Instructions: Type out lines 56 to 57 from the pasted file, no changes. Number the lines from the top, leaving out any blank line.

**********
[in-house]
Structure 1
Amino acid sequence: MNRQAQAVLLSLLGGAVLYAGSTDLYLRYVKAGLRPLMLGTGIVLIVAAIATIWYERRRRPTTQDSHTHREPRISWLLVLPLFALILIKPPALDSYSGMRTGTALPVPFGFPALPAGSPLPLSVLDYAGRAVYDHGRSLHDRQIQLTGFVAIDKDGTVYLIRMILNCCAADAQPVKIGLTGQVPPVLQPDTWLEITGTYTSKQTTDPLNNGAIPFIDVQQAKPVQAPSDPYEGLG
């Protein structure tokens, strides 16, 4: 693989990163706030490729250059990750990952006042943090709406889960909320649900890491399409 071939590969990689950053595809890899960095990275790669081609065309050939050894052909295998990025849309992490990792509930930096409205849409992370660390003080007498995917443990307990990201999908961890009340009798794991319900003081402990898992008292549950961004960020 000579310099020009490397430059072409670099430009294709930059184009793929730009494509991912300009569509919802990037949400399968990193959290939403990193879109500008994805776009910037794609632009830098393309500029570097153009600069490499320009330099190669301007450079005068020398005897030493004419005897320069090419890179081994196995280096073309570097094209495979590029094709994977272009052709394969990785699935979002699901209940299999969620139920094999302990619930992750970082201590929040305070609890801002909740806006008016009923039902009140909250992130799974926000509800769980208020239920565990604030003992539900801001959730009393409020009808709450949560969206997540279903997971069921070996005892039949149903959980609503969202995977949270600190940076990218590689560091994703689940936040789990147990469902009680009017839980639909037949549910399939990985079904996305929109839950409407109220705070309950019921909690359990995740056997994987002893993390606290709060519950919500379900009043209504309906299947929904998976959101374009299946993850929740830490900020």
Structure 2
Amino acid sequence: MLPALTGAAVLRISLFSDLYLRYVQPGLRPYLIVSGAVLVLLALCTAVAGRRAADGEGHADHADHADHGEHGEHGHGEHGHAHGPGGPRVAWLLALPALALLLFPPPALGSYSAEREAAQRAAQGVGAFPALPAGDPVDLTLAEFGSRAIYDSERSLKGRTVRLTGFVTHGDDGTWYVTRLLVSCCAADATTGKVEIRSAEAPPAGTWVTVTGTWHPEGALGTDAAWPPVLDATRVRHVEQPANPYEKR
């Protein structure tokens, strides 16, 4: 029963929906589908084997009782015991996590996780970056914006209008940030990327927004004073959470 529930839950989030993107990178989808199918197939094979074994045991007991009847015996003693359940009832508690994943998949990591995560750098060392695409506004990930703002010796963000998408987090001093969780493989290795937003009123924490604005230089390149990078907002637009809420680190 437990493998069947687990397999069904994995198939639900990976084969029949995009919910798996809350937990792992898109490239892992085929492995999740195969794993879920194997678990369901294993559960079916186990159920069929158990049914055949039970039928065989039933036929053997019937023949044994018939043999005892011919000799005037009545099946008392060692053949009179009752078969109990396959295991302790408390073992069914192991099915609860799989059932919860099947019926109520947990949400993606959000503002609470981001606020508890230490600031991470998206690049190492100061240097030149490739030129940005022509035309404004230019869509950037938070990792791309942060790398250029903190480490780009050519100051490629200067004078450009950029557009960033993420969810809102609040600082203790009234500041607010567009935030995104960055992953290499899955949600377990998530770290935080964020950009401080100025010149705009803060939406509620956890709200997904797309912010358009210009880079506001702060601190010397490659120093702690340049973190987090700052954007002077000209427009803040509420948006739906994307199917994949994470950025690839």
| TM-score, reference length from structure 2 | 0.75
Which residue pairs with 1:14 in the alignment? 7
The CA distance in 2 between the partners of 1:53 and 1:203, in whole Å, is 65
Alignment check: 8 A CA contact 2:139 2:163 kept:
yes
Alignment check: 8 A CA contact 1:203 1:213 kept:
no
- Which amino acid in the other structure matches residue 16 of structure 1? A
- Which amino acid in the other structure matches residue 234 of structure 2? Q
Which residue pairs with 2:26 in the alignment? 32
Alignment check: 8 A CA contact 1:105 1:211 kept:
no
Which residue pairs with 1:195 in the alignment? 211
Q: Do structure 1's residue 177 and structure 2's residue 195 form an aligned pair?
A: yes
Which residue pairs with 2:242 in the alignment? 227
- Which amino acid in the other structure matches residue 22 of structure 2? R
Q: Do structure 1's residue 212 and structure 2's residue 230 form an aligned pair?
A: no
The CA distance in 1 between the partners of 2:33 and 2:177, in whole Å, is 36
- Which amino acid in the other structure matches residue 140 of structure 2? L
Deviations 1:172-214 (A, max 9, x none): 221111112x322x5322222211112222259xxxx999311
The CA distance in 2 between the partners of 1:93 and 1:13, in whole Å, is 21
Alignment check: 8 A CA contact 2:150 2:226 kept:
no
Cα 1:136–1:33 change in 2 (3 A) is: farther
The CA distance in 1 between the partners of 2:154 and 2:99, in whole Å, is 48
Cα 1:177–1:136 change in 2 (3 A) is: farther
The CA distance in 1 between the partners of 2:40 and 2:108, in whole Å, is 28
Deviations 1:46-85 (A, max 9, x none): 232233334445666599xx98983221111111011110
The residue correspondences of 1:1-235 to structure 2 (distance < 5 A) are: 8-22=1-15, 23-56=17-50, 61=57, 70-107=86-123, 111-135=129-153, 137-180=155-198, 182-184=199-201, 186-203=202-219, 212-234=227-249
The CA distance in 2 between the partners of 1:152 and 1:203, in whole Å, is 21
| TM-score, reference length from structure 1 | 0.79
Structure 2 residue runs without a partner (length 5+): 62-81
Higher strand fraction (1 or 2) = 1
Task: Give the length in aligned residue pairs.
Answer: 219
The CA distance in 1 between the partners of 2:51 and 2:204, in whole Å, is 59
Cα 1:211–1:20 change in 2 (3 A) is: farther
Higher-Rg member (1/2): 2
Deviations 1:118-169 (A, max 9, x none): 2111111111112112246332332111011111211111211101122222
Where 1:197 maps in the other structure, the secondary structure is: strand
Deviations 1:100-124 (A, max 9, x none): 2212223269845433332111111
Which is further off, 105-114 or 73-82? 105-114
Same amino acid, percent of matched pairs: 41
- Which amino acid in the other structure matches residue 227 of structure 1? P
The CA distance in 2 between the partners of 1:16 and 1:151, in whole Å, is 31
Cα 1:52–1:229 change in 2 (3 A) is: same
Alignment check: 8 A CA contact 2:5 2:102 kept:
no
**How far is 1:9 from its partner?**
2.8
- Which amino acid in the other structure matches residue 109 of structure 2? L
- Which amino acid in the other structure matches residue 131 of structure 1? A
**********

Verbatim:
Alignment check: 8 A CA contact 2:5 2:102 kept:
no